Dana Claxton, Daddy's Gotta New Ride (2008), dye coupler print, 127 x 157.7 x 5.3 cm framed. NGC
Aboriginal artist Rosalie Favell says finding her place behind the camera—instead of in front of it—has “felt right” to her for a long time. But she says it was particularly gratifying as one of the 12 artists showcased in Steeling the Gaze: Portraits by Aboriginal Artists, on display at the Mendel Art Gallery in Saskatoon until March 10. The 51 portraits, including two video installations, combine to make an exhibition that sends a powerful message about cultural survival, sovereignty and control.
“There’s such a long history of Aboriginal people being photographed by non-Aboriginal people, and it’s often been used as a tool against them,” Favell says. “It has documented very sad things. One example is the residential school before-and-after photos, where they’d photograph a young person before they came in to the school, and then again afterwards when they had become assimilated.”
Favell says she began snapping pictures of her family at a very young age, while growing up in Winnipeg. She then branched out into other kinds of photography, including self-portraits, as a way of learning about her Métis heritage.
“It’s important that we show our own communities, because there are so many stereotypes that exist of what Native people are,” Favell says. “This way I get a little closer to the truth. You get depictions of real life, as opposed to fantasy.”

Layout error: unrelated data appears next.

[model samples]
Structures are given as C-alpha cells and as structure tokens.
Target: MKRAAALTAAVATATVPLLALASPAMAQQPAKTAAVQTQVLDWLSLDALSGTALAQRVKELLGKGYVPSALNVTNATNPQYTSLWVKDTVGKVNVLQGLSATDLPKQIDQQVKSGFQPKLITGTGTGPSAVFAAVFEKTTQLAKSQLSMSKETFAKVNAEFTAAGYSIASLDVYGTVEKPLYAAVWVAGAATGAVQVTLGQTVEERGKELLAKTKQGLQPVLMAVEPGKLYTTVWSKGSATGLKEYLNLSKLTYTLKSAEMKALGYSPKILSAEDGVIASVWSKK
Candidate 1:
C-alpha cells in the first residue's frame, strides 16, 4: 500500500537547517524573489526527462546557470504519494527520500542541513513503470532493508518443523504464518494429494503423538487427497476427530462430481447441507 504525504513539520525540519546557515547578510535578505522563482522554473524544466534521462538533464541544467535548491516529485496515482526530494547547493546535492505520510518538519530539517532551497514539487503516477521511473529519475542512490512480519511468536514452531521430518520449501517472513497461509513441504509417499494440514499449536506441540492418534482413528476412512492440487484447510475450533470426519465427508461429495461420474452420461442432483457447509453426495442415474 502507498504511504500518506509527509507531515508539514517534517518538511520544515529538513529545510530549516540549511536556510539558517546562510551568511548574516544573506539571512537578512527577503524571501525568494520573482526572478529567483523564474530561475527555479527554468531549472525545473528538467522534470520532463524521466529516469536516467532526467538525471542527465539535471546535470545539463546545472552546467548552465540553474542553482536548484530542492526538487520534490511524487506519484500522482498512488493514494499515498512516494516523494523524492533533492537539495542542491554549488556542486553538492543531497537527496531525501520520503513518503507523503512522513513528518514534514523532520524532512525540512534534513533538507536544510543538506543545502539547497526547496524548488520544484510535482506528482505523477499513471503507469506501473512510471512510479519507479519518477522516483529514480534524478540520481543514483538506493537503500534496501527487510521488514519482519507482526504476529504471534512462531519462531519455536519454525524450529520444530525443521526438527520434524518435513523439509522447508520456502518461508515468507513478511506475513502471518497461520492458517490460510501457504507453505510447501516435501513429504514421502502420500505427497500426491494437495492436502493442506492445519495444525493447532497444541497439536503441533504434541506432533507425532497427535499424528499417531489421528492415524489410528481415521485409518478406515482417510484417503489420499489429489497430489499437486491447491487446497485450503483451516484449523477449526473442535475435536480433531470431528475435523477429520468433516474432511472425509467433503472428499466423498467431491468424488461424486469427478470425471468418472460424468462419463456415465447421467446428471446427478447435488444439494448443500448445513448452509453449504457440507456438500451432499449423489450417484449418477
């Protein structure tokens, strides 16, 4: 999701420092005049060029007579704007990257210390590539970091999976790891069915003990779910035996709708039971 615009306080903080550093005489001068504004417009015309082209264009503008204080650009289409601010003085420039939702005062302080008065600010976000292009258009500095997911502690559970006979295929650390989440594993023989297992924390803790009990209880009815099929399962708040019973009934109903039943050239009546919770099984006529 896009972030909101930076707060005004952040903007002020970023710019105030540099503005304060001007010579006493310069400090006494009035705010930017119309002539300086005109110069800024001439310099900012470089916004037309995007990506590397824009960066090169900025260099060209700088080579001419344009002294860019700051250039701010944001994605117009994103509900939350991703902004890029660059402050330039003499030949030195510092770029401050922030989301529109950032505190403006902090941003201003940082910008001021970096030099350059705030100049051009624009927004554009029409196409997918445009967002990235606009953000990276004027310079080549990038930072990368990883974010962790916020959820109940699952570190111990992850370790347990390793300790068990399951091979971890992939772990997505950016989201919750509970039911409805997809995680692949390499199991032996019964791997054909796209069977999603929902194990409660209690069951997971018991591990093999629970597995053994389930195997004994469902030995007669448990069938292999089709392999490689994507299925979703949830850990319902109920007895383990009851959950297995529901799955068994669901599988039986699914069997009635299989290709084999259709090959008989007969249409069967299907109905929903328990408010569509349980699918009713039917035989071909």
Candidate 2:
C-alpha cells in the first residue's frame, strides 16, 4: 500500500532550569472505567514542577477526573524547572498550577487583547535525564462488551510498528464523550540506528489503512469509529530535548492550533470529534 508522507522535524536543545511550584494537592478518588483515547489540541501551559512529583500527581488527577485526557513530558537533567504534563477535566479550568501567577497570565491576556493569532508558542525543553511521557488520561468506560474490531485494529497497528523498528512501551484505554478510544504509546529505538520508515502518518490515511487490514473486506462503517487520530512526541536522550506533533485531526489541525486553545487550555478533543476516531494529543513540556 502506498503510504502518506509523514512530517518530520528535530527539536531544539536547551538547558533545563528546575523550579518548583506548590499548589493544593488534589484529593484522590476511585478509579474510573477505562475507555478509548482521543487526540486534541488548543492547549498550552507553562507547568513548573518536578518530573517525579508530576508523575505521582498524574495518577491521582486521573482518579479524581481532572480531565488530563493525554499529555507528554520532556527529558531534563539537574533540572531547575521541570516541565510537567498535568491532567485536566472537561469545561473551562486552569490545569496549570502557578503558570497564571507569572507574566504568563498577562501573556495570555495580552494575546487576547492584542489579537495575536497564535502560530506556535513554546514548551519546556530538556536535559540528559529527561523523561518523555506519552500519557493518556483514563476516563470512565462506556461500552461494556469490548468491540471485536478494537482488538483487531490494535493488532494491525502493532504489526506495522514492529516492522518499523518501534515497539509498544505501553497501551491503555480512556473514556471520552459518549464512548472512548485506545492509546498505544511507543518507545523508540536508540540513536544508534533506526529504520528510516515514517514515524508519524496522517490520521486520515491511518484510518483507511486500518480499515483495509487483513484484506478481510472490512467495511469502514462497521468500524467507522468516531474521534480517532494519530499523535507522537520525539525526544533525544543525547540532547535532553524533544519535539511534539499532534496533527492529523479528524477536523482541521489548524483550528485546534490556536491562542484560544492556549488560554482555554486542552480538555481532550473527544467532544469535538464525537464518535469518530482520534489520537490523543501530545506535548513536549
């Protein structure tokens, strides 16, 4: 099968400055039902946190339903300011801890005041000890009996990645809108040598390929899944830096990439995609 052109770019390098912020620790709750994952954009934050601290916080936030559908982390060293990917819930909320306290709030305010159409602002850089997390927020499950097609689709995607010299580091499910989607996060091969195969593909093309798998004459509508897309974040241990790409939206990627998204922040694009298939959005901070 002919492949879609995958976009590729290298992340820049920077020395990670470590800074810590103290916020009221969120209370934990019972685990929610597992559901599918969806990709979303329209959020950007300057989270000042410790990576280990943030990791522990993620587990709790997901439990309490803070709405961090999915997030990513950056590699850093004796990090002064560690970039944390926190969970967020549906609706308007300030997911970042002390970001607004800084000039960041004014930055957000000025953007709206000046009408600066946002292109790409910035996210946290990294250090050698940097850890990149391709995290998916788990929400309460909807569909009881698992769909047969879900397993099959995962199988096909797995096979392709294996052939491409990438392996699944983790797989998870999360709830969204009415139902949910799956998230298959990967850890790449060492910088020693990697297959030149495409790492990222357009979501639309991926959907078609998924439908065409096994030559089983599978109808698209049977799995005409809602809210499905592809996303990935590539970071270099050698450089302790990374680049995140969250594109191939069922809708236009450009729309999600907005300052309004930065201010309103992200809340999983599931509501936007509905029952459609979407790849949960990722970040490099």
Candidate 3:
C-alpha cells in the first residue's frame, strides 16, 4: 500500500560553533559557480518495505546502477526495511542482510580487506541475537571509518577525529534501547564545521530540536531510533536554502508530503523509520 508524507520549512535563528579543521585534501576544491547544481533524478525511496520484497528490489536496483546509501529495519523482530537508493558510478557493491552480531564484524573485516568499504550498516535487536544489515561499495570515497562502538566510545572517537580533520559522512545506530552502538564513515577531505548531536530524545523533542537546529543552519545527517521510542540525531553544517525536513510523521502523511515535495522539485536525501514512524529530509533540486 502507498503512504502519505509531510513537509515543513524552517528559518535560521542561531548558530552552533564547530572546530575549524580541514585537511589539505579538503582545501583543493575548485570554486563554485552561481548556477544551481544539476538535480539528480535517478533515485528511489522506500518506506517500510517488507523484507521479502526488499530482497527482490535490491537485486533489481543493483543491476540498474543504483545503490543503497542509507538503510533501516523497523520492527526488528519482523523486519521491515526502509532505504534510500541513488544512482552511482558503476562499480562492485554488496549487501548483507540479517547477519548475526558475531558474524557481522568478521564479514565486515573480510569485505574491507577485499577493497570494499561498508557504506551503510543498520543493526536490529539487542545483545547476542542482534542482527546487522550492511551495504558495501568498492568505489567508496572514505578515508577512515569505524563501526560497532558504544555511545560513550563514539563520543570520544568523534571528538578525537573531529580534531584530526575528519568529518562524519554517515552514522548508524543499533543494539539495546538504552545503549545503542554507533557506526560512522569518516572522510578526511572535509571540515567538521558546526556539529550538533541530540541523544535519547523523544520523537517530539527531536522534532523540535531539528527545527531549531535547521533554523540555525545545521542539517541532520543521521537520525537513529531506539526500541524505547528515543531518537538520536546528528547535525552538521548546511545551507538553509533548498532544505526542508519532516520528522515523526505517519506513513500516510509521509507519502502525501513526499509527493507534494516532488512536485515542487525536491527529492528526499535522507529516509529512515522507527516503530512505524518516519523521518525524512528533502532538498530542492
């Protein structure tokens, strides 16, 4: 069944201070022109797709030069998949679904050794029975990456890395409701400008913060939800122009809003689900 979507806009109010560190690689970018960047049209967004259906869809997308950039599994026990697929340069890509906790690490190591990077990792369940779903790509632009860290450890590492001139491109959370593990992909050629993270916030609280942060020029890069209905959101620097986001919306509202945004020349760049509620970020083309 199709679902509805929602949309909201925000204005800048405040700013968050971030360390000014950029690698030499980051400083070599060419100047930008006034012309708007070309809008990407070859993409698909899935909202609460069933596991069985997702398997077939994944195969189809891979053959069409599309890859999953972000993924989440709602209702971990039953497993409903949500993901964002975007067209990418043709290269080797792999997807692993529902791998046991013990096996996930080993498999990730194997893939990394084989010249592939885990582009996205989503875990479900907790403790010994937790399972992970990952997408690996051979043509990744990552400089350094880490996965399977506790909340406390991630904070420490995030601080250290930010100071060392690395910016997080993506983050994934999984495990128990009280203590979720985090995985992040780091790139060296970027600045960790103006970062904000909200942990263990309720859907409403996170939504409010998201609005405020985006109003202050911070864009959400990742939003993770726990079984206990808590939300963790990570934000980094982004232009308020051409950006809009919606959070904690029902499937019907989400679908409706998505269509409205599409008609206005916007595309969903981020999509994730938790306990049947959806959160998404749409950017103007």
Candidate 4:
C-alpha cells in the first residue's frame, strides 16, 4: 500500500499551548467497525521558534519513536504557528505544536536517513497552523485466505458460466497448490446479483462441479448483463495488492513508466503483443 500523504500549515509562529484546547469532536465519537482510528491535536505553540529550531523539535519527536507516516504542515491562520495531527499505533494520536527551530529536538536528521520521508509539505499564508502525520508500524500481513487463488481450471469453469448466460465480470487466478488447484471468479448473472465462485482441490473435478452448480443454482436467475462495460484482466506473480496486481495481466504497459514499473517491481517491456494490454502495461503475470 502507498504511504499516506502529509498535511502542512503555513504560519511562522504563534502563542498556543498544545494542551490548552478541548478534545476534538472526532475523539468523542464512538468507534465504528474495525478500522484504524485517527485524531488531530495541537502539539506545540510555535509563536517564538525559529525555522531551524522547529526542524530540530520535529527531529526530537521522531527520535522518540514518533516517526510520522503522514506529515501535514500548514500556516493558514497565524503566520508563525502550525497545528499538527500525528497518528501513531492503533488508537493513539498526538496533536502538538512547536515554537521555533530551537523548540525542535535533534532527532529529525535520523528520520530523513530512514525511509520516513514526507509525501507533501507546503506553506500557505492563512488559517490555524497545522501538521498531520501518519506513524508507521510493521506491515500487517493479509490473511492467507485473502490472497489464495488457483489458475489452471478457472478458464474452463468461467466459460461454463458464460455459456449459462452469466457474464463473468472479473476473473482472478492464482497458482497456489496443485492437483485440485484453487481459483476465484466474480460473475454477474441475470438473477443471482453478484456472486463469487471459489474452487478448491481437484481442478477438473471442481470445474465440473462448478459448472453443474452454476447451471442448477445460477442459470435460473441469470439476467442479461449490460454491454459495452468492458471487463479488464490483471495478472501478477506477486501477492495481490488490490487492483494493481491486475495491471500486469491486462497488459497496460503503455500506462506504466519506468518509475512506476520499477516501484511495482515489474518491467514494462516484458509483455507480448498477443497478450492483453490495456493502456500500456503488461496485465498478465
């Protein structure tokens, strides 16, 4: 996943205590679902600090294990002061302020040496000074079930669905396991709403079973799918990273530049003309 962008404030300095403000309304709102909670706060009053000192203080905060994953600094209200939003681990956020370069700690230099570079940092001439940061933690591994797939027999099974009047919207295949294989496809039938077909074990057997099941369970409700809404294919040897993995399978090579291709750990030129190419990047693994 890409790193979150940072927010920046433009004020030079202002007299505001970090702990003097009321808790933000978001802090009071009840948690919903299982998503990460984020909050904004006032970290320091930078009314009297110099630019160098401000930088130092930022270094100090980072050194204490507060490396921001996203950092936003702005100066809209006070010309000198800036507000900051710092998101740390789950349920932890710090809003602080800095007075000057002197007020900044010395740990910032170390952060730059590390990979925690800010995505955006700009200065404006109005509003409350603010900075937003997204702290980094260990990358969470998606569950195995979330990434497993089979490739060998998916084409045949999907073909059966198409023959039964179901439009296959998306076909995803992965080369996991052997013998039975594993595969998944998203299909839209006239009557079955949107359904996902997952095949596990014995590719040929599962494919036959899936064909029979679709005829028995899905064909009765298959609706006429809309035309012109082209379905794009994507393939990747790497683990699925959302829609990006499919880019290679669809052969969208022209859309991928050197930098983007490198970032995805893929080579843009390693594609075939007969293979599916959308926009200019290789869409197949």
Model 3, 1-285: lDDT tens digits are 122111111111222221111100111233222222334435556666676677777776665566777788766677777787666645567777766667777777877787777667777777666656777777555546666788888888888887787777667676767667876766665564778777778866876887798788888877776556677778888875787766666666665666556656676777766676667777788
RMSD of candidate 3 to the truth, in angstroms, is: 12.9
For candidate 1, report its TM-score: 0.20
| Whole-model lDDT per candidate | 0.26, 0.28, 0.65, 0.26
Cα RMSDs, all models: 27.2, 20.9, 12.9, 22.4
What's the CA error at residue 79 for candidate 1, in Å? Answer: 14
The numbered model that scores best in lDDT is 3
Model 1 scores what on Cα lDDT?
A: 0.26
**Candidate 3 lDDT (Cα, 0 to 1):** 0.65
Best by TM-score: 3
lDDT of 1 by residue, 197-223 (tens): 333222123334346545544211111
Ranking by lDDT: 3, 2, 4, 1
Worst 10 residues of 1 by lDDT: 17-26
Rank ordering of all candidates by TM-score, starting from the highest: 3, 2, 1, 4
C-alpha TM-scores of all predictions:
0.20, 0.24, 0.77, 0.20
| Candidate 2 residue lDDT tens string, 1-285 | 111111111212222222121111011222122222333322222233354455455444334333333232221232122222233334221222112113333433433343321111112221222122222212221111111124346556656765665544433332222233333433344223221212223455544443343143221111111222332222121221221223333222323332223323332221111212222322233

The show was co-curated by Steven Loft, the National Gallery of Canada’s first Curator-in-Residence, Indigenous Art; and Andrea Kunard, Assistant Curator at the Canadian Museum of Contemporary Photography. Both agree that Steeling the Gaze is about using portraiture—a European convention that controls the subject—to explode Aboriginal stereotypes and clichés.
“Some artists in the exhibition, like Arthur Renwick, are deliberately using the camera as a way to confront stereotypes rather aggressively,” Kunard says. “There are the big photographs of faces, where he asked the subjects to think of a stereotype and make a face at it, as a way to confront it and not be a victim of it.”
Other Aboriginal artists in Steeling the Gaze whose work was chosen from the National Gallery’s collection are: KC Adams, Carl Beam, Dana Claxton, Thirza Cuthand, Kent Monkman, David Neel, Shelley Niro, Greg Staats, Jeff Thomas, and Bear Witness.
Co-curator Stephen Loft, a Mohawk with Jewish ancestry, is now the Trudeau National Visiting Fellow at Ryerson University in Toronto.
“The history of Aboriginal people and photography in general is a very problematic relationship from very early on,” he says. “In the early twentieth century, there was this feeling that the Indian races were going to disappear because of their primitivism and inability to ‘civilize’ . . . of course we don’t go away, we don’t die, and Aboriginal people and artists take the camera into their own hands. Then the gaze shifts.”
Loft says Aboriginal and non-Aboriginal gallery-goers can expect to be challenged, surprised and amused by Steeling the Gaze.
“Art can be a real access point to examine and re-examine how we view each other. This show is about that.”
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